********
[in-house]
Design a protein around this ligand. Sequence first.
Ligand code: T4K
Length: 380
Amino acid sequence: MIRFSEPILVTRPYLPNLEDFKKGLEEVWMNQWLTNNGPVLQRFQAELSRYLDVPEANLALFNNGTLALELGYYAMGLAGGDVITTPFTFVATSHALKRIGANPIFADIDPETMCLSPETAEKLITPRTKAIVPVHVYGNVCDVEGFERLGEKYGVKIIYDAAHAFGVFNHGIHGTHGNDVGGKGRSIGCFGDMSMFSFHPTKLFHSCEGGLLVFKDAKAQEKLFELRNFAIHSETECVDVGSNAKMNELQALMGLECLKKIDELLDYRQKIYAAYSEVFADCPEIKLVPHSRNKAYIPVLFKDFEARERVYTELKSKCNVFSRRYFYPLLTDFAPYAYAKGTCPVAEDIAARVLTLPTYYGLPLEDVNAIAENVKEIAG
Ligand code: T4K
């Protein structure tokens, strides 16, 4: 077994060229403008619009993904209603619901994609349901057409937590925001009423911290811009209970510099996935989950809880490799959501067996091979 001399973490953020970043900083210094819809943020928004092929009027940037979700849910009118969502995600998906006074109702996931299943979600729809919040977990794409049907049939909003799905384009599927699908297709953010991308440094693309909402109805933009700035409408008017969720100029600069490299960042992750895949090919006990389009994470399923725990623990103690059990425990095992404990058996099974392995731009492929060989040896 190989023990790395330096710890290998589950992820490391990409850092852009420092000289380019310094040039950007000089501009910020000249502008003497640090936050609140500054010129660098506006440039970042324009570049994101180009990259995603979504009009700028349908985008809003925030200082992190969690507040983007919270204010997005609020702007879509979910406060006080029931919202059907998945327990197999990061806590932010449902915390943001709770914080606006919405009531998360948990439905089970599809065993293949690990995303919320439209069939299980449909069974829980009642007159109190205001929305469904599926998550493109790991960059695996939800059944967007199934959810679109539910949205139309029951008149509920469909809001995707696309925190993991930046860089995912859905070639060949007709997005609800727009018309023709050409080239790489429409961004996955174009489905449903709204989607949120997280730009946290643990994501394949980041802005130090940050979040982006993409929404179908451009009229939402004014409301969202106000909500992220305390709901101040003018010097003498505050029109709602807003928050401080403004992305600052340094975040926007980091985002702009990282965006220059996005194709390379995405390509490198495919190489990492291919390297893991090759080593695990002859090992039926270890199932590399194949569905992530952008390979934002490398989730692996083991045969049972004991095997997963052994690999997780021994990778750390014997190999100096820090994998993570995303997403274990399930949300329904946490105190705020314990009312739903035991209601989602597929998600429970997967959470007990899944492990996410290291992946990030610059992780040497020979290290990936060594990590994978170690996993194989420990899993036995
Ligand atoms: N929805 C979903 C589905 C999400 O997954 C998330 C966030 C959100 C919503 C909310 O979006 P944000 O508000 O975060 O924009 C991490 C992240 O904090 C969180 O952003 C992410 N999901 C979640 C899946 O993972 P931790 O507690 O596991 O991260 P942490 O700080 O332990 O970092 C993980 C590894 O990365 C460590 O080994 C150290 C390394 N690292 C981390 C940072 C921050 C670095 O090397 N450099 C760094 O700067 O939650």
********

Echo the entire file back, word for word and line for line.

[in-house]
Design a protein around this ligand. Sequence first.
Ligand code: T4K
Length: 380
Amino acid sequence: MIRFSEPILVTRPYLPNLEDFKKGLEEVWMNQWLTNNGPVLQRFQAELSRYLDVPEANLALFNNGTLALELGYYAMGLAGGDVITTPFTFVATSHALKRIGANPIFADIDPETMCLSPETAEKLITPRTKAIVPVHVYGNVCDVEGFERLGEKYGVKIIYDAAHAFGVFNHGIHGTHGNDVGGKGRSIGCFGDMSMFSFHPTKLFHSCEGGLLVFKDAKAQEKLFELRNFAIHSETECVDVGSNAKMNELQALMGLECLKKIDELLDYRQKIYAAYSEVFADCPEIKLVPHSRNKAYIPVLFKDFEARERVYTELKSKCNVFSRRYFYPLLTDFAPYAYAKGTCPVAEDIAARVLTLPTYYGLPLEDVNAIAENVKEIAG
Ligand code: T4K
């Protein structure tokens, strides 16, 4: 077994060229403008619009993904209603619901994609349901057409937590925001009423911290811009209970510099996935989950809880490799959501067996091979 001399973490953020970043900083210094819809943020928004092929009027940037979700849910009118969502995600998906006074109702996931299943979600729809919040977990794409049907049939909003799905384009599927699908297709953010991308440094693309909402109805933009700035409408008017969720100029600069490299960042992750895949090919006990389009994470399923725990623990103690059990425990095992404990058996099974392995731009492929060989040896 190989023990790395330096710890290998589950992820490391990409850092852009420092000289380019310094040039950007000089501009910020000249502008003497640090936050609140500054010129660098506006440039970042324009570049994101180009990259995603979504009009700028349908985008809003925030200082992190969690507040983007919270204010997005609020702007879509979910406060006080029931919202059907998945327990197999990061806590932010449902915390943001709770914080606006919405009531998360948990439905089970599809065993293949690990995303919320439209069939299980449909069974829980009642007159109190205001929305469904599926998550493109790991960059695996939800059944967007199934959810679109539910949205139309029951008149509920469909809001995707696309925190993991930046860089995912859905070639060949007709997005609800727009018309023709050409080239790489429409961004996955174009489905449903709204989607949120997280730009946290643990994501394949980041802005130090940050979040982006993409929404179908451009009229939402004014409301969202106000909500992220305390709901101040003018010097003498505050029109709602807003928050401080403004992305600052340094975040926007980091985002702009990282965006220059996005194709390379995405390509490198495919190489990492291919390297893991090759080593695990002859090992039926270890199932590399194949569905992530952008390979934002490398989730692996083991045969049972004991095997997963052994690999997780021994990778750390014997190999100096820090994998993570995303997403274990399930949300329904946490105190705020314990009312739903035991209601989602597929998600429970997967959470007990899944492990996410290291992946990030610059992780040497020979290290990936060594990590994978170690996993194989420990899993036995
Ligand atoms: N929805 C979903 C589905 C999400 O997954 C998330 C966030 C959100 C919503 C909310 O979006 P944000 O508000 O975060 O924009 C991490 C992240 O904090 C969180 O952003 C992410 N999901 C979640 C899946 O993972 P931790 O507690 O596991 O991260 P942490 O700080 O332990 O970092 C993980 C590894 O990365 C460590 O080994 C150290 C390394 N690292 C981390 C940072 C921050 C670095 O090397 N450099 C760094 O700067 O939650």